Google Ratchets Up Cloud Security

Google Ratchets Up Cloud SecurityMore and more of our information and day-to-day activities are in the cloud.  Email, file storage, pictures, personal data and the like are sitting in cloud-based applications.  Most systems still use the old fashioned (some say quaint) practice of accessing these systems with a username and password.  The problem is that all of it is subject to attack by all the hacking and phishing schemes for our passwords.  It is not the most secure system, but it is convenient.

Fortunately Google is taking a big step forward with their new two-factor authentication for everyone who uses Google services.  This feature has been available to Google Apps customers since last fall and it’s coming to a browser near you soon.  The feature is an opt-in one (are you listening Facebook) and most of us should be seeing it in the next week or so.

So what is it?  Two-factor authentication is a way to improve security by requiring your existing password and a short-lived verification code.  The two factors are something you know, such as your password, and something you have, such as a physical token or ID card.  You could also use biometric data, like a fingerprint; you see this in movies all time.  This is not a new concept and many businesses have been using it for years.  The common approach is to have a physical device that connects through a computer or a wireless network and generates a verification code.  You enter the code and you are in.

For Google, you login into your account by entering your existing username and password.  Google then sends a verification code to your mobile device or a standard telephone.  You have to enter this code as a secondary login to access your account.  The key is that this second code is only valid for a few minutes and is constantly changing.  This makes it very difficult to phish and hack.

You generate this second code by having Google call you, send you a text message or by installing Google Authenticator on your smartphone or tablet.  They have versions of Authenticator for Android, BlackBerry, iPhone, iPod Touch and iPad.  According to Google, you need to be a bit web savvy to set it up, but they have some explicit instructions to do it.

Here is the example of how it will work.

How you sign in with 2-step verification
  1. When you want to access Google products from your browser, go to that product and enter your username and password.
    image of brain with arrow to sign in
  2. You’ll next be prompted to enter your verification code, which you’ll get from your phone. You’ll only have to do this once every 30 days if you so choose.
    image of phone to verification screen
  3. Soon after you turn on 2-step verification, non-browser applications and devices that use your Google Account (such as Gmail on your phone or Outlook), will stop working. You’ll then have to sign in using your username and a special password you generate for this application. (Don’t worry, you’ll only have to do this once for each device or application.)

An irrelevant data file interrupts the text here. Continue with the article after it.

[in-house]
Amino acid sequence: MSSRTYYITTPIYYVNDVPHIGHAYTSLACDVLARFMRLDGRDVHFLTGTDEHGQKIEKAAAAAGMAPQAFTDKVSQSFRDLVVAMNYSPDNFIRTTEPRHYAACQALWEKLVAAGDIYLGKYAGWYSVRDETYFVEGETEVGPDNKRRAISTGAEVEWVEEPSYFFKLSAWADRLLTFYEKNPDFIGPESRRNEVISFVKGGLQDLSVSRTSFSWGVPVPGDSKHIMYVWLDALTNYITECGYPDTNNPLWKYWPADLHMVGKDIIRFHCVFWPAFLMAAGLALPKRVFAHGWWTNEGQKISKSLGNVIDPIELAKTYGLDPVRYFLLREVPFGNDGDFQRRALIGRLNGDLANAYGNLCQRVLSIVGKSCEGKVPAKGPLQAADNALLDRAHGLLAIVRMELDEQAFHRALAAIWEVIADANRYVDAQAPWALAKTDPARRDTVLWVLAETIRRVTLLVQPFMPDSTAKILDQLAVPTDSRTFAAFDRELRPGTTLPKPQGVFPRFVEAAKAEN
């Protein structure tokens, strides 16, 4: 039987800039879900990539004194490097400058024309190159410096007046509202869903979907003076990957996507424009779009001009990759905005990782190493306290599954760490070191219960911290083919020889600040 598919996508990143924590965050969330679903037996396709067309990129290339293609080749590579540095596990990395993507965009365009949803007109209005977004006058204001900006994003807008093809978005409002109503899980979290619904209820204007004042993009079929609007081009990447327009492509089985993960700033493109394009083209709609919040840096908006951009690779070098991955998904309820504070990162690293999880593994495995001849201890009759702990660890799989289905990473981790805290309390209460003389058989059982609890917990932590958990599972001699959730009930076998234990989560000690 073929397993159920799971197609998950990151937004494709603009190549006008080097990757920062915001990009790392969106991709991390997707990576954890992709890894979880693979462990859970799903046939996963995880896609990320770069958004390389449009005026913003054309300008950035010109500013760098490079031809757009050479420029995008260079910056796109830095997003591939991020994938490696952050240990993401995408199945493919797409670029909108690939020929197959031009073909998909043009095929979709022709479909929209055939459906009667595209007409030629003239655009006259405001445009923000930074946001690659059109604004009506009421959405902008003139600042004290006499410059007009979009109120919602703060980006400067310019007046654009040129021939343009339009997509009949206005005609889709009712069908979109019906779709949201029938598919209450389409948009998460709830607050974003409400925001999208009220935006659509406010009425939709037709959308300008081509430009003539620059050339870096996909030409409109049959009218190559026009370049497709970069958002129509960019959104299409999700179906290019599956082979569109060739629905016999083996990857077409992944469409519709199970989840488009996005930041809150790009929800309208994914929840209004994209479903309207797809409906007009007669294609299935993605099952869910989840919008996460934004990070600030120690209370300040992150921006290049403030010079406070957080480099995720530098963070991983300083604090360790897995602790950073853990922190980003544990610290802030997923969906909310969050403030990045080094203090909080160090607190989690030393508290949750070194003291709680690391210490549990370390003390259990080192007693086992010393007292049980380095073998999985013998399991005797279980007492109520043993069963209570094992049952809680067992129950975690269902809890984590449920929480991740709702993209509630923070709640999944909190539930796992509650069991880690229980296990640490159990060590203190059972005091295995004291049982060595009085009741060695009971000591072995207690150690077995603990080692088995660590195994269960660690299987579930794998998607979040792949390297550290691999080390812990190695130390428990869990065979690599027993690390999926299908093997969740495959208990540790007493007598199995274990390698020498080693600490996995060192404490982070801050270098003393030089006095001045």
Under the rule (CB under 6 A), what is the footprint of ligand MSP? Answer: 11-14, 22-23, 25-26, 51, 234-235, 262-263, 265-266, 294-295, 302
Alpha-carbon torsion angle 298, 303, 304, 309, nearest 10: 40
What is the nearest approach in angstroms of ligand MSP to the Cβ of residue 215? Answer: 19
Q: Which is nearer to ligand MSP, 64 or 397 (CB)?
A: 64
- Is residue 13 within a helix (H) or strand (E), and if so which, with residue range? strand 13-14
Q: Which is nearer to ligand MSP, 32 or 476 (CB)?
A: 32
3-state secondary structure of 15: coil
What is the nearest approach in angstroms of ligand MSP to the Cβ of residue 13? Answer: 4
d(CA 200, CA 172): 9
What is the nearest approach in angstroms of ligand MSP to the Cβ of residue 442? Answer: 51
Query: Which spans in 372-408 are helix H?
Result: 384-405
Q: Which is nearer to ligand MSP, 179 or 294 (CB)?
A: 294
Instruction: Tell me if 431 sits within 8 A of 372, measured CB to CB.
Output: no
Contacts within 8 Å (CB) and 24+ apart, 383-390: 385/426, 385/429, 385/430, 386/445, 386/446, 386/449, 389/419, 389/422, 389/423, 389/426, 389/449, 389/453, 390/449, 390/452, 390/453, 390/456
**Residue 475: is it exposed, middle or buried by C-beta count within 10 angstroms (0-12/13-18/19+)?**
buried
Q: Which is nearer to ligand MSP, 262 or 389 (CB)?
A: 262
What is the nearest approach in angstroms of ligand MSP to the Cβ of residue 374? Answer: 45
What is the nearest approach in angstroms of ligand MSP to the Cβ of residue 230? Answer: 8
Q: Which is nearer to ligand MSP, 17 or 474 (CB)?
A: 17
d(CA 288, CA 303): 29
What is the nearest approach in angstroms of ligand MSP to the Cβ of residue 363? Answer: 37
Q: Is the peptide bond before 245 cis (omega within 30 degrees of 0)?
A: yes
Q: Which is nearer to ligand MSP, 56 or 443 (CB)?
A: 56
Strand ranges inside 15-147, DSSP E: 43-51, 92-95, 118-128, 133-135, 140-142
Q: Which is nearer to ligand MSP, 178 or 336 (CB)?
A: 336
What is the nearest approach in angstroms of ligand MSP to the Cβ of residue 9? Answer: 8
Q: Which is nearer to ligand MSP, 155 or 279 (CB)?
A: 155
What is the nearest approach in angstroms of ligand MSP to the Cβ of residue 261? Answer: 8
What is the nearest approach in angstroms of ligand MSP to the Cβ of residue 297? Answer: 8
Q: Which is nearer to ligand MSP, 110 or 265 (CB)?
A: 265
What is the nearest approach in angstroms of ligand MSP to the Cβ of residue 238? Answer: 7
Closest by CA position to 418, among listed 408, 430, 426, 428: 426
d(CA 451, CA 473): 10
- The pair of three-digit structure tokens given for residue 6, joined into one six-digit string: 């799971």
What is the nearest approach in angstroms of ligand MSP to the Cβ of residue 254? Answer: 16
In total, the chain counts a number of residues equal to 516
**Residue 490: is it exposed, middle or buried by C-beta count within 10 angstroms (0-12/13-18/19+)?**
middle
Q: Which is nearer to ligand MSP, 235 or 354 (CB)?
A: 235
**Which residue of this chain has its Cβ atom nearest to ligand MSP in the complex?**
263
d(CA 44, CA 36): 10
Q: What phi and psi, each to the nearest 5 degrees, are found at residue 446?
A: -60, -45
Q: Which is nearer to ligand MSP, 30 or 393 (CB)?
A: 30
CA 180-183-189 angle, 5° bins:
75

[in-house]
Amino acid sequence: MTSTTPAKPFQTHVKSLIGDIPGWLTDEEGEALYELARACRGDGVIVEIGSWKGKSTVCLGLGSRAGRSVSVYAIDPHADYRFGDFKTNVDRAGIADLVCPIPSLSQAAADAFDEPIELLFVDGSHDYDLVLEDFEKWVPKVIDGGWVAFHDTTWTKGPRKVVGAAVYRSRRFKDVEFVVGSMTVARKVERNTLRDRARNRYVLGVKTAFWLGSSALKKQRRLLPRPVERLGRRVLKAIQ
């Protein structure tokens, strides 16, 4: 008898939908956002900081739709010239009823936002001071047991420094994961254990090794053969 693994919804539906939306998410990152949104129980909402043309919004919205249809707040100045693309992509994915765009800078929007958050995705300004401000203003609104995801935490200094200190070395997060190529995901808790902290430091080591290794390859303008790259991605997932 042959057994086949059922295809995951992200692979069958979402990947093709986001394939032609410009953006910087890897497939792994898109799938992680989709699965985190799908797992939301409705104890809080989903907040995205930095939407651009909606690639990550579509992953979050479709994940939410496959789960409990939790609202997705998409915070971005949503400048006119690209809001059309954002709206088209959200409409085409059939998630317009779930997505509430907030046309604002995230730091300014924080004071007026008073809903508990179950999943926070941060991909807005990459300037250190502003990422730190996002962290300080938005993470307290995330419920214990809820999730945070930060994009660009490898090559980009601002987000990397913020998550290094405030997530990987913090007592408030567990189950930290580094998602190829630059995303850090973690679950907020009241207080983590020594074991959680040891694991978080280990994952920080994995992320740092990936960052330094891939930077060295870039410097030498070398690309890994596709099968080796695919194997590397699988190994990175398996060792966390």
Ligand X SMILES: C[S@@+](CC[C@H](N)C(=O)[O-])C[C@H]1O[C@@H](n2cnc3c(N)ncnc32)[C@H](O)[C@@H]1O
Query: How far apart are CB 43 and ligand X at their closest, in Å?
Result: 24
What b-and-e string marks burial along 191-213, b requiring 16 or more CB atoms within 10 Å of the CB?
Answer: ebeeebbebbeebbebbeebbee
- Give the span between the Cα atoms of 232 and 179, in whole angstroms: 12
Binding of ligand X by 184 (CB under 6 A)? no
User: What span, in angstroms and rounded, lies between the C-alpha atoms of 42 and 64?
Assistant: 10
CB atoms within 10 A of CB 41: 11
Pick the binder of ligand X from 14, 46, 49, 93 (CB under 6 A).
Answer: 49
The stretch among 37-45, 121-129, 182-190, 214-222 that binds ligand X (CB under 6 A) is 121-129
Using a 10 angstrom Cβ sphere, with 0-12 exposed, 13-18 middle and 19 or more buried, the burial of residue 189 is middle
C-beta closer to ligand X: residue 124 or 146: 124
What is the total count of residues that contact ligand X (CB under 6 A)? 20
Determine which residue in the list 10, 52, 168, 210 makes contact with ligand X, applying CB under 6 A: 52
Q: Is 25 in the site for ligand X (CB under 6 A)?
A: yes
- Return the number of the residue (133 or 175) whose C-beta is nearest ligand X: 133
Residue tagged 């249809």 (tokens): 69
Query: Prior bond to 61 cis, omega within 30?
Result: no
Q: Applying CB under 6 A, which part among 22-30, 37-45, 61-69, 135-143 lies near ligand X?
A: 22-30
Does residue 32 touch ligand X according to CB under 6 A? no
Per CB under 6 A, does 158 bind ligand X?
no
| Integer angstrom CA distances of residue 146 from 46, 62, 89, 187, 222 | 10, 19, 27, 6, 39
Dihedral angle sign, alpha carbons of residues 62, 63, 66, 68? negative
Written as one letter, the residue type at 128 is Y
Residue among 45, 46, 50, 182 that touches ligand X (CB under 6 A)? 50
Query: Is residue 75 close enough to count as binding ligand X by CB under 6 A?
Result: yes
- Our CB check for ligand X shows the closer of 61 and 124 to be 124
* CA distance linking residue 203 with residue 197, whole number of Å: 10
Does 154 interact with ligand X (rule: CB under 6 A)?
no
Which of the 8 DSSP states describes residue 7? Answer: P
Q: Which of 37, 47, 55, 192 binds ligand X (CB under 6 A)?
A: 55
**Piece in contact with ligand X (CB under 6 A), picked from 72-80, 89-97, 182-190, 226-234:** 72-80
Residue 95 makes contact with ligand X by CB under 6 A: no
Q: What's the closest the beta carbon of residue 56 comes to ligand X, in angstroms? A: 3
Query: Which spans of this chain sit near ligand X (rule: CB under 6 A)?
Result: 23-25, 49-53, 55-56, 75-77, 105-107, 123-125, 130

image of application-specific password to phone

This last step is the only one that’s a bit complicated as you need to create an account specific password for each application.  You only need to do this once for each application and device. 

Google also has backup measures in case you lose your mobile phone.  You can designate a backup telephone number just in case.  Since you can receive the verification code by text, the smartphone app or a phone call, you have a lot of options.

To get started do the following:

  1. Log into your Google account
  2. Click on My Account and click “Using 2-step verification” under Security
  3. If it’s activated, it will appear and you can start the setup process.  If it’s not available, it will be soon.
  4. Set up your primary phone.  Instructions are here.  Install Google Authenticator if you are using an Android, Blackberry or Apple iOS device.
  5. Add a backup phone.
  6. Record your backup codes.  Google sends you 10 backup codes to use instead of the verification code in case you are not near your phone and need to use your application.  You can use each code once.
  7. Configure an app specific code for each device and Google application that you access without a browser.
  8. Configure all your applications with the one-time codes.
  9. Log into Google and use the 2 factor authentication.

 

It’s nice to see Google implementing this for their services since it’s a big improvement in security.  With more businesses and consumers using GMail, Google Docs, Google Apps and other Google services, it should reduce the problem of data breaches through phishing schemes and hacking.  Remember that this doesn’t relieve you of the responsibility to use a strong password as your primary and take steps to keep it secure.  It just gives us another way to help secure our information.  I hope other SaaS and cloud-based services follow Google’s lead.

 

Photo credit itbusinessca

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